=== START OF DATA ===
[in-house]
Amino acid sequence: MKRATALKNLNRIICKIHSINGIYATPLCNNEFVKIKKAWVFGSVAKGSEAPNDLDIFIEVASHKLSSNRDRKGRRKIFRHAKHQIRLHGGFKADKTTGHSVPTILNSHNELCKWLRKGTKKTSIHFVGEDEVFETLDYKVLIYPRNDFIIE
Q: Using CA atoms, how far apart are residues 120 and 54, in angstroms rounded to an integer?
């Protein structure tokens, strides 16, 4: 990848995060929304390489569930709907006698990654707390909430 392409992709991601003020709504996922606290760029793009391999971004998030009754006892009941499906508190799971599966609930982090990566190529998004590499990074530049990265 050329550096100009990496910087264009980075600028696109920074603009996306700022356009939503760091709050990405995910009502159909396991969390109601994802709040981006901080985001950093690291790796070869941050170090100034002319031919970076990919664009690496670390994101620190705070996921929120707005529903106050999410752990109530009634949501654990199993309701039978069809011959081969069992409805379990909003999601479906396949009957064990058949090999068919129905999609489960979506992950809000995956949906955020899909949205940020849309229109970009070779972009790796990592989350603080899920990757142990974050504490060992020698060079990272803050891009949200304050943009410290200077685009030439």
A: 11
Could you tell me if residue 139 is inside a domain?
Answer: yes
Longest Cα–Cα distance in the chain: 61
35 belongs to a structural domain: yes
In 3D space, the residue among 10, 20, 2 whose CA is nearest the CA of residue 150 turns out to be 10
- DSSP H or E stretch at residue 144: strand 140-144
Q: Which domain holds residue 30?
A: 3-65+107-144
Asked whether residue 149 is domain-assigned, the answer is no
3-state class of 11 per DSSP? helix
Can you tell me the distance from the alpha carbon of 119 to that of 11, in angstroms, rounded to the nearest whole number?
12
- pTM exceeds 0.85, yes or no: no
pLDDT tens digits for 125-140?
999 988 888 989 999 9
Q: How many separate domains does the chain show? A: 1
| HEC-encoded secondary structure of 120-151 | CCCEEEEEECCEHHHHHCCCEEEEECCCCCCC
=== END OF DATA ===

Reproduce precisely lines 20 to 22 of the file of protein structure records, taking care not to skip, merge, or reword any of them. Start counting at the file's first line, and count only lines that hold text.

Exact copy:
999 988 888 989 999 9
Q: How many separate domains does the chain show? A: 1
| HEC-encoded secondary structure of 120-151 | CCCEEEEEECCEHHHHHCCCEEEEECCCCCCC